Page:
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How To Safely Substitute Annual Paid Vacation For Monetary Compensation


I recently ran into a situation where one of the company’s department heads did not want to take his yearly paid vacation. He was working on an important project, on which a lot depended, and he asked if he could somehow be monetarily compensated for the 28-day vacation time. At first I tried to make the case that he was obligated to take his vacation. According to Article 126 of the Labor Code, it is possible to monetarily compensate only any days beyond the 28-day minimum. When the department head began to insist, I explained that there are means by which vacation time can be substituted with monetary compensation which wouldn’t violate the current legislation.

Method #1: Recalling an Employee from Vacation

One way is to recall an employee from their vacation. The basis for this could be, for example, that a tax audit or inventory is being performed and anyone in the company who is accountable for the task at hand must be present.  According to Article 125 of the Labor Code, a recall from vacation can only be effective if both the employee and the company mutually agree upon it. The unused part of the vacation time can be added to blocs of vacation time in both the current and following year. However, the Labor Code does not allow pregnant women, minors, and those who work in particularly dangerous conditions to be recalled from vacation.

The Labor Code does not specify how to establish a procedure for recalling an employee from vacation. However, the company should have the corresponding documents showing that such recalls were performed. In order to avoid problems from the tax inspectorate, the company can ask the employee to write out a statement saying that they agree to the recall and “agrees to vacation recall” can be indicated on the employee’s vacation time sheet.

If an employee is recalled from vacation, the company will have to recalculate all of the employee’s previously allotted vacation allowance. From the total amount, the days that the employee did not take as vacation are deducted. For the days that the employee worked in place of vacationing, they will need to be paid. There is a drawback: the company will have to pay insurance premiums from these amounts, although for the employee, this is the most convenient option.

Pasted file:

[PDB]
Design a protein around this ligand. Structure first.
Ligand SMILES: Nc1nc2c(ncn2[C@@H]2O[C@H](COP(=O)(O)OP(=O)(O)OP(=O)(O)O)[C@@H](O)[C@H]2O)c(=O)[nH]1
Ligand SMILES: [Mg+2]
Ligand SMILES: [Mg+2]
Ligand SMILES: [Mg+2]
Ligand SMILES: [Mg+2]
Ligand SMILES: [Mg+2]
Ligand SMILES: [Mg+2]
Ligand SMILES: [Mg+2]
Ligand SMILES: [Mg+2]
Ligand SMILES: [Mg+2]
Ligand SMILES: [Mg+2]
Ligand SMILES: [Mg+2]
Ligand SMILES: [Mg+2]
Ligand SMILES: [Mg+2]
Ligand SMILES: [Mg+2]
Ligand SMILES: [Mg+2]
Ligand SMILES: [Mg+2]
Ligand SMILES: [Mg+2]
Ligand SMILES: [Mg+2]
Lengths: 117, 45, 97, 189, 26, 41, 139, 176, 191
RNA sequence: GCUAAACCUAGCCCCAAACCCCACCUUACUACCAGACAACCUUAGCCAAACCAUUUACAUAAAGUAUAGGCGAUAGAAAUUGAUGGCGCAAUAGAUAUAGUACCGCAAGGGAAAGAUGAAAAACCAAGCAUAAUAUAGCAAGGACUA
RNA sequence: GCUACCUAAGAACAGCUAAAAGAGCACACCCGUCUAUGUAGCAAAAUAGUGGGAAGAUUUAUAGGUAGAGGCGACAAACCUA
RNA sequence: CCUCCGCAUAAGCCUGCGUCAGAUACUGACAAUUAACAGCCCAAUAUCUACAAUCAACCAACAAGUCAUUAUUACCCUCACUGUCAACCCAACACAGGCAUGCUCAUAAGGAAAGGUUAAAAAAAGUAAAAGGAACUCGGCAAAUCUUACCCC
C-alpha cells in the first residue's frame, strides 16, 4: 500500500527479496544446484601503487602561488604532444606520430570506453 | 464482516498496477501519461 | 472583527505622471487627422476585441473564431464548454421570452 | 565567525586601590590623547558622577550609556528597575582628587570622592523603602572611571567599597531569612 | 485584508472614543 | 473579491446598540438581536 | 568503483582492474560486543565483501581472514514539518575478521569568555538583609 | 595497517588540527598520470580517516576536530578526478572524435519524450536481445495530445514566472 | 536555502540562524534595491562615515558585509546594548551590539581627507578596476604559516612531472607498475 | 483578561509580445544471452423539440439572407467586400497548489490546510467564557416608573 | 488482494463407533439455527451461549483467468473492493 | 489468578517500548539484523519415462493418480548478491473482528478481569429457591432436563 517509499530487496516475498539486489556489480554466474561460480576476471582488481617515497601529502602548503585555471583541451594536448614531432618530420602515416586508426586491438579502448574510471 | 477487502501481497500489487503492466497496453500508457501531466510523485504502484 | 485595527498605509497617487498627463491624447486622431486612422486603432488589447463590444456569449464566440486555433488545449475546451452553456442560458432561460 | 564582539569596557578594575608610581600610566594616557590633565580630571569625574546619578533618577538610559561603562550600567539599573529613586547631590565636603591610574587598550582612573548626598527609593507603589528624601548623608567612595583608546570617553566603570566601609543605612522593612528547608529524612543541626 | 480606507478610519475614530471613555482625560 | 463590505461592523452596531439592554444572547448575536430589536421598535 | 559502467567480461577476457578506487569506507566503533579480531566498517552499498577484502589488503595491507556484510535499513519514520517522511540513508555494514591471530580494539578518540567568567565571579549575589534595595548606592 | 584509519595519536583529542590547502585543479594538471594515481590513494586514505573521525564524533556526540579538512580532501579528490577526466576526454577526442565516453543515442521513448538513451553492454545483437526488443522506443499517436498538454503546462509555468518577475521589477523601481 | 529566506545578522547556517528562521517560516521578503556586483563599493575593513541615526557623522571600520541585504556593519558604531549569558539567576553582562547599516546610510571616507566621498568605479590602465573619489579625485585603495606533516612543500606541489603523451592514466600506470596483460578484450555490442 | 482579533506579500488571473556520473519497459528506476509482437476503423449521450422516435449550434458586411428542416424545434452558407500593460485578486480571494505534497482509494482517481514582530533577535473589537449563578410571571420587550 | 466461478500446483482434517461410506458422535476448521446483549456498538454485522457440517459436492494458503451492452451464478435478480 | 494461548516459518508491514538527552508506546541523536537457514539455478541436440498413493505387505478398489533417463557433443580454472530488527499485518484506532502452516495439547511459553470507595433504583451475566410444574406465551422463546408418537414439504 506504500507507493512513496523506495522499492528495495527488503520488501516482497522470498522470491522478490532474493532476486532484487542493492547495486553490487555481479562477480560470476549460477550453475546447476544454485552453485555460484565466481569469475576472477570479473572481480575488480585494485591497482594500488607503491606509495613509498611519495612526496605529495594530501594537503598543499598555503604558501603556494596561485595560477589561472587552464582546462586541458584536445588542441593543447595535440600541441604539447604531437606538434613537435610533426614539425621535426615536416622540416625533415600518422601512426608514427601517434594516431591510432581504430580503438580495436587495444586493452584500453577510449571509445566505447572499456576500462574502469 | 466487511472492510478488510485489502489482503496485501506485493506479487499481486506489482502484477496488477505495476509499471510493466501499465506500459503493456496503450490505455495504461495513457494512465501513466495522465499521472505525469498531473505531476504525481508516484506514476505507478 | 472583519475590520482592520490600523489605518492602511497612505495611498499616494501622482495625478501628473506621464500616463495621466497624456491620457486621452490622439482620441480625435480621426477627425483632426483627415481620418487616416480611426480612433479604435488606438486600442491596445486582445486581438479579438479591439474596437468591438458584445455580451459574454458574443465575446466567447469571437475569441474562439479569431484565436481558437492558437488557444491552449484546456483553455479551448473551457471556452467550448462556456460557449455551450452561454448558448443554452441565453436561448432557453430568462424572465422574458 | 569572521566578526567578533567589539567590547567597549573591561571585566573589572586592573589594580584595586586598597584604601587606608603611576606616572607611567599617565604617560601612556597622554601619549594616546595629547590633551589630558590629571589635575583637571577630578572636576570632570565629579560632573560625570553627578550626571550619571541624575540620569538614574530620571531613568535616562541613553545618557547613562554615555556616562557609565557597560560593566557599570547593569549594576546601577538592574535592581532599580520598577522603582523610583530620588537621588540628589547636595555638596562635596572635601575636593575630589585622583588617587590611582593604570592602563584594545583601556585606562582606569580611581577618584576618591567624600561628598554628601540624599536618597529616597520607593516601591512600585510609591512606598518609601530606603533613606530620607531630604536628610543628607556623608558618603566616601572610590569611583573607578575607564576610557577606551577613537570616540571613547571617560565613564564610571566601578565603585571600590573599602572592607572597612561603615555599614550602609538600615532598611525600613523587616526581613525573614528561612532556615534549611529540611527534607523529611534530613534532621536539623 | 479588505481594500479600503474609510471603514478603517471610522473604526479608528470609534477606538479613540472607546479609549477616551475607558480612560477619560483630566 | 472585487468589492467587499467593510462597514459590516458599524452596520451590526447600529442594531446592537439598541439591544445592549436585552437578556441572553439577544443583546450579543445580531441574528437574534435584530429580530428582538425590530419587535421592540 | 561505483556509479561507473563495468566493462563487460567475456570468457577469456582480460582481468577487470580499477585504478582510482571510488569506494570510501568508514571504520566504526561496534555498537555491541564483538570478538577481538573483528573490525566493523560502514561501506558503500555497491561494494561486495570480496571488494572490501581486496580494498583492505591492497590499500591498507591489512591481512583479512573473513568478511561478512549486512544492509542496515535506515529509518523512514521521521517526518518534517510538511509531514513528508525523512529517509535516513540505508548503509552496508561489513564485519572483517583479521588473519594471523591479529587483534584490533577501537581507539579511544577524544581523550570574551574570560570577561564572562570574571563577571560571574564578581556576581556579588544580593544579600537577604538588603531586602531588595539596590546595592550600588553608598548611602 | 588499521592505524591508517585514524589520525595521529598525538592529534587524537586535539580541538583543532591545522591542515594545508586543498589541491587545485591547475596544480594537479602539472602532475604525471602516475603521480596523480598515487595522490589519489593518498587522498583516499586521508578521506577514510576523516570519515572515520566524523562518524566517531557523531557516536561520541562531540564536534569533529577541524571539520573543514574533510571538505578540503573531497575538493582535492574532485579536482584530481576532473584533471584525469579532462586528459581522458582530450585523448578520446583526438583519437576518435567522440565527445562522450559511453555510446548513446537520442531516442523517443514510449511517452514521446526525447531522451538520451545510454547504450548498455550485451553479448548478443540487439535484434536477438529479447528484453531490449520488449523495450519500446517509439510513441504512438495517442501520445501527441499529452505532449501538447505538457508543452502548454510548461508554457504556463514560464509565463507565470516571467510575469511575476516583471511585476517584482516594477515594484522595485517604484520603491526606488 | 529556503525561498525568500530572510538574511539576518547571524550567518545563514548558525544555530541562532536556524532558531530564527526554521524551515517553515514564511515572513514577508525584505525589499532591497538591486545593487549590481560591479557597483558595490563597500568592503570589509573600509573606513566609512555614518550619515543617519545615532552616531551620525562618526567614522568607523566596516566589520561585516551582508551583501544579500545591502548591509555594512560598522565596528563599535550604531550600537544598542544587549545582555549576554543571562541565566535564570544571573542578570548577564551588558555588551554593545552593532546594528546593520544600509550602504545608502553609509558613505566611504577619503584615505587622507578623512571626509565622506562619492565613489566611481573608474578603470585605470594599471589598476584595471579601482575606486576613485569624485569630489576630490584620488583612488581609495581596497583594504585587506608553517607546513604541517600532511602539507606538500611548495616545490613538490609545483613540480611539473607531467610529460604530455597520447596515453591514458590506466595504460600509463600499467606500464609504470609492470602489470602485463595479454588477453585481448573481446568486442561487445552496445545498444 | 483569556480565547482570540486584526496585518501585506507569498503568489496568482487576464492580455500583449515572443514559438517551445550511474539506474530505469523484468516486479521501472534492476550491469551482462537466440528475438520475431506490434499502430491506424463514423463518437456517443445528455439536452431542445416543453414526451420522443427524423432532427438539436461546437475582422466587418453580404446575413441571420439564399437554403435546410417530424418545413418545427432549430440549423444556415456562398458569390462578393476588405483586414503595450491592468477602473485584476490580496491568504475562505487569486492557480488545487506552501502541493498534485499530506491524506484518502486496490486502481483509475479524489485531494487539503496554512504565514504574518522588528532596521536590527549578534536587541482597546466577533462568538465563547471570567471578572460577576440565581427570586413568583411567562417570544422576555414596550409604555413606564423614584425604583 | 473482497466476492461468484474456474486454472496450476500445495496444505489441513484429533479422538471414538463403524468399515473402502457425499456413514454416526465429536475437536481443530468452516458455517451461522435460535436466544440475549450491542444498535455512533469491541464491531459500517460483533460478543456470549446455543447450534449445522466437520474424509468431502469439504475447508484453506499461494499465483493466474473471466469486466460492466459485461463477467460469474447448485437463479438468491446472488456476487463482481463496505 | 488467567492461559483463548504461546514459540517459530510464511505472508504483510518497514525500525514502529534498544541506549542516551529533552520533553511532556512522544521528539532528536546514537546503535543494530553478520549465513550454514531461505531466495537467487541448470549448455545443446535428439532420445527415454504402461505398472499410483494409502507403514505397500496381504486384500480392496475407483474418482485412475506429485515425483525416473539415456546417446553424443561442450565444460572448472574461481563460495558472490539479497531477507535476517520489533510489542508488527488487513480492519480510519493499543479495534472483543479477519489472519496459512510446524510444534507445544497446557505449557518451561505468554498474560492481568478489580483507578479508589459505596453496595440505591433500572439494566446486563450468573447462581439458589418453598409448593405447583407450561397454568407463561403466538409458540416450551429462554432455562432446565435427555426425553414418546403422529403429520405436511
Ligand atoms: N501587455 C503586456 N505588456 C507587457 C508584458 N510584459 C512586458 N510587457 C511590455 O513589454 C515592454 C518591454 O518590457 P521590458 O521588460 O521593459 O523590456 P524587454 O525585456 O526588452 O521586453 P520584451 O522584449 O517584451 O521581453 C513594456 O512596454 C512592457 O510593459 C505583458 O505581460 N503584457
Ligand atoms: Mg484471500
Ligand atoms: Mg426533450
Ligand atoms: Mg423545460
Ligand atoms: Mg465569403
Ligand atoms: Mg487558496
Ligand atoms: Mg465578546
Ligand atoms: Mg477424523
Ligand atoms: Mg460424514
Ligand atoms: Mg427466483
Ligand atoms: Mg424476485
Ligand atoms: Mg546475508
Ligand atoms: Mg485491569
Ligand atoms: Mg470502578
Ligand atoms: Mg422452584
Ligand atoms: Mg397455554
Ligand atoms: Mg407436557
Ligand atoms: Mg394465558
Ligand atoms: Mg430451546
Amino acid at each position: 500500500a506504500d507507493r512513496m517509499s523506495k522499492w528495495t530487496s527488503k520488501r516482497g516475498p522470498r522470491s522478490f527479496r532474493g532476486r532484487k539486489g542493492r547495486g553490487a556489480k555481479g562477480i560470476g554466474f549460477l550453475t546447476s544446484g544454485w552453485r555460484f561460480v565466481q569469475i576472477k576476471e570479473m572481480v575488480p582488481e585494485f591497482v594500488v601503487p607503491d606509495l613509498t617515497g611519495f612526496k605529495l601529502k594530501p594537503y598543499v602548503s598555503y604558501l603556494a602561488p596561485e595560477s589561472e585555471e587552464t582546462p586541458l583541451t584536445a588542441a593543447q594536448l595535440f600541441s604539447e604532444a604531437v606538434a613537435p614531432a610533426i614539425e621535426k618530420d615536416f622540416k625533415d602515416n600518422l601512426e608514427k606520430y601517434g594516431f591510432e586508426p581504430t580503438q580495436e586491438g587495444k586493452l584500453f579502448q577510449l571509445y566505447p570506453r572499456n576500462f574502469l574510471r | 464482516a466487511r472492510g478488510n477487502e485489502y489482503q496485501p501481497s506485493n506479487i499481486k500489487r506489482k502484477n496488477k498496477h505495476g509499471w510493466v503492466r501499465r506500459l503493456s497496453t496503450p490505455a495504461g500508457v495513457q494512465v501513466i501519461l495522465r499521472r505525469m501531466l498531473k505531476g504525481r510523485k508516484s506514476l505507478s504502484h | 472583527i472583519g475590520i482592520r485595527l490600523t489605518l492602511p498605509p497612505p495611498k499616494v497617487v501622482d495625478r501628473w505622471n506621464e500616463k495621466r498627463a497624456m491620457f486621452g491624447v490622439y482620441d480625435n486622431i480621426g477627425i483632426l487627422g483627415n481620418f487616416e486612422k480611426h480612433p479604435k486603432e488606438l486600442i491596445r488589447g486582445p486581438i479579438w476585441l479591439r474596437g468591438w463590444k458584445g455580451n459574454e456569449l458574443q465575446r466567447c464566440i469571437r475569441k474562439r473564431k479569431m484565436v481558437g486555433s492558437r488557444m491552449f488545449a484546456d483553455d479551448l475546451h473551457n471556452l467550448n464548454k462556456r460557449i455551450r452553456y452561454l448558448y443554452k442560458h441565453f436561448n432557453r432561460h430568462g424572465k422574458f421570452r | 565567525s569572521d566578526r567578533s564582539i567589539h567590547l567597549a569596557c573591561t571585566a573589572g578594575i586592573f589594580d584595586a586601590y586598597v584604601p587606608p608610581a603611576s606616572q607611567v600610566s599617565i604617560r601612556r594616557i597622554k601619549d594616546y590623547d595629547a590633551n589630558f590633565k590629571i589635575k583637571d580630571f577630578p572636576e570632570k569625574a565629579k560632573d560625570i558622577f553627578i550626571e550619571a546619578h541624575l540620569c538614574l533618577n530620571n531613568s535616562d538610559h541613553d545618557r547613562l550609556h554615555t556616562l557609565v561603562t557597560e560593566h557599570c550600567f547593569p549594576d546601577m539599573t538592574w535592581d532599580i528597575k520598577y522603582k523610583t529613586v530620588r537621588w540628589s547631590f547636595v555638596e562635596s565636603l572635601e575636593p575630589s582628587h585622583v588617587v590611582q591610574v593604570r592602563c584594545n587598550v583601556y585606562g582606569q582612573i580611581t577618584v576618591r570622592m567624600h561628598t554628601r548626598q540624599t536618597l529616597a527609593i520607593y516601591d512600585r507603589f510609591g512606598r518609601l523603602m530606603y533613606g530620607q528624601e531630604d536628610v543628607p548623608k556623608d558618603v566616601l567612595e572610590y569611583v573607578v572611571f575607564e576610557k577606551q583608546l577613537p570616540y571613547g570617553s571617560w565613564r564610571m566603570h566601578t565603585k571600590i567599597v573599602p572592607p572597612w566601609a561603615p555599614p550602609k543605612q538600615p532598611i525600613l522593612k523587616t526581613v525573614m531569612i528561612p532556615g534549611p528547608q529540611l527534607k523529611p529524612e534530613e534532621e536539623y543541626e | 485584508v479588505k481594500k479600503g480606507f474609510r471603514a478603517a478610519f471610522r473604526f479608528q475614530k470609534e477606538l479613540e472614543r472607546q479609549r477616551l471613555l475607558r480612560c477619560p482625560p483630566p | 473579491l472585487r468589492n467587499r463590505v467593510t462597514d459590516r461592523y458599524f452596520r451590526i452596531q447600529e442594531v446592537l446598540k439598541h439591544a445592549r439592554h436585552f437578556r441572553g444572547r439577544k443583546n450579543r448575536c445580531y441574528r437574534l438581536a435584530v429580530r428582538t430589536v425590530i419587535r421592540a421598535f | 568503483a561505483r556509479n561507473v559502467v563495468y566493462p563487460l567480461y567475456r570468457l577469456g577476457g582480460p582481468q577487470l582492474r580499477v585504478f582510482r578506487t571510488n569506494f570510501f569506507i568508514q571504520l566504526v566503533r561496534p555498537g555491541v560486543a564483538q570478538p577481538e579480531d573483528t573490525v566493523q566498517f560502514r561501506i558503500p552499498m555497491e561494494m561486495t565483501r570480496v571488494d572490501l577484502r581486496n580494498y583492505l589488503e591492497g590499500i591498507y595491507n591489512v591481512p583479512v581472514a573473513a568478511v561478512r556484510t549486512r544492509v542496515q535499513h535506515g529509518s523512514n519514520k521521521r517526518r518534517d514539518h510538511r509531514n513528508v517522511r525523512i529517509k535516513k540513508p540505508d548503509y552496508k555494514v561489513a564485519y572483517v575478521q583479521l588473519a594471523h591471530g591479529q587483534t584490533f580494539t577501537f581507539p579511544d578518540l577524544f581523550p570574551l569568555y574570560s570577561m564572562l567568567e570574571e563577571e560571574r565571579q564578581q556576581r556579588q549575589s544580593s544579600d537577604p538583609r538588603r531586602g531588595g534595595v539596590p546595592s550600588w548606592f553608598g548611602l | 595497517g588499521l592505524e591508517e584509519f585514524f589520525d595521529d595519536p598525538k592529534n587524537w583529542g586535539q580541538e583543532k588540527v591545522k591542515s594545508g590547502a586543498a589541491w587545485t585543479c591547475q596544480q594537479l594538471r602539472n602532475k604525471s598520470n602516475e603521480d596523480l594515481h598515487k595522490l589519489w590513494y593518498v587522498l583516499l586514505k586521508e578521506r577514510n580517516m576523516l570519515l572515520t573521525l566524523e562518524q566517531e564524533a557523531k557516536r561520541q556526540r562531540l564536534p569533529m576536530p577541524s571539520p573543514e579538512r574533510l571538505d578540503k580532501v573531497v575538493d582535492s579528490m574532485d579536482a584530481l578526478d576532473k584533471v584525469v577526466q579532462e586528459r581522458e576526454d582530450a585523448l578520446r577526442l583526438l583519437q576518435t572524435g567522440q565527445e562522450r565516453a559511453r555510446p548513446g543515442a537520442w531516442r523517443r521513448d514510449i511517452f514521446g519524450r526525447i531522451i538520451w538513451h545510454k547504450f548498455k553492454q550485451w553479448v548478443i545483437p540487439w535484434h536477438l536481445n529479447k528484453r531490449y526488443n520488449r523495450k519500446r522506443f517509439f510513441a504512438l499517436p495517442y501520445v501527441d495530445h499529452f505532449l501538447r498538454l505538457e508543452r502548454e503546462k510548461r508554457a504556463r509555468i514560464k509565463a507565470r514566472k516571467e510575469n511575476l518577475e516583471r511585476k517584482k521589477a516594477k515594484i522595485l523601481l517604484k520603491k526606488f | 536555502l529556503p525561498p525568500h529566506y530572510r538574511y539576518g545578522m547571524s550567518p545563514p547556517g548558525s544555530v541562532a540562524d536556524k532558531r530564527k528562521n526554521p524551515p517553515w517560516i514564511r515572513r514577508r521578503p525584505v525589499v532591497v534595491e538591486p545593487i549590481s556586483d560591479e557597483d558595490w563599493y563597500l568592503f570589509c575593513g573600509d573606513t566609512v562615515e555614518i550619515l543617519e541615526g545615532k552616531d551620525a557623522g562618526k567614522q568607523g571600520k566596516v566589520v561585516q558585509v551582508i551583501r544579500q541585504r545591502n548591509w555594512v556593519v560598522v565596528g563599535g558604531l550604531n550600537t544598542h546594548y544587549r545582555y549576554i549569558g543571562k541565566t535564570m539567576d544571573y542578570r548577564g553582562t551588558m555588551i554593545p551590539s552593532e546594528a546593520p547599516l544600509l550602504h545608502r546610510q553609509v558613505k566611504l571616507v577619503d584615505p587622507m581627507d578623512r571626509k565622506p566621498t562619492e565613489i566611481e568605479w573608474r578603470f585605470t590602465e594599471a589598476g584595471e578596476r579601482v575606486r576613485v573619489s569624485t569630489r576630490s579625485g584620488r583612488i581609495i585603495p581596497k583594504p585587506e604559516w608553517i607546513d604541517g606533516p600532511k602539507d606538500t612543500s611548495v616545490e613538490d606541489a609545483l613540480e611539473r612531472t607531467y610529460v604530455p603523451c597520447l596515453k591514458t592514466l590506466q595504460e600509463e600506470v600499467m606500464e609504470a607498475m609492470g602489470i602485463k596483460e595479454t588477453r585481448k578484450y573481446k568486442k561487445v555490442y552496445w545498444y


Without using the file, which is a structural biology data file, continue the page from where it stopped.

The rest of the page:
The company has the right to transfer the employee’s vacation to the following year. Article 124 of the Labor Code allows this when the vacation time unfavorably affects the company’s normal work. In this case, the company will need to justify the difficult circumstances to the tax inspectorate – to say, for example, that all of the employees in the department that the vacationing employee works in are sick and there is no one to there to get the work done.

Method #2: Take a Large Part of the Vacation on Weekends

Vacation time is offered to employees by calendar days so not only business days can be used as vacation days. Holidays are not included in the calendar days of vacation time as is stated in Article 120 of the Labor Code. Saturdays and Sundays are counted as calendar days and can be included in annual paid vacation time.

It is therefore convenient to use up an employee’s vacation days on weekends until all of their remaining vacation days are used up; this method is generally favored more by management. Although according to Article 125 of the Labor Code, one part of the vacation time must be at least 14 consecutive days, which means that only half of one’s vacation time can be used up on weekends.

Or it can be done more simply: let’s say that an employee can go on vacation for only one working week. They should write in their statement that they are taking the vacation not from Monday through Sunday, but from the Saturday of one week through the Sunday of the following, which turns out to be nine calendar days. This way, the employee gets more of their vacation allowance but is actually able to be at work more.

A couple of different methods can be combined as well. For example, an employee can declare that they are going on vacation for nine days, where four of them are weekends and the remaining five days can be broken up to be used on weekends, which comes out to 14 total days. The remaining half of the vacation can then be recalled. In other words, the employee goes on vacation on only one of the 14 remaining days.

Method #3: Dismissal and Rehire

Dismissing an employee and subsequently rehiring them is another method. If the employee is fired, then the employer is obligated to pay them compensation for all of their unused vacation time according to Article 127 of the Labor Code.

The employer incurs this obligation regardless of the reason for dismissal, whether or not it was the employee’s wish, downsizing, or a mutual decision between both sides. There is nothing which forbids firing an employee on Friday, paying them for the vacation time they are owed, and then rehiring them on Monday.

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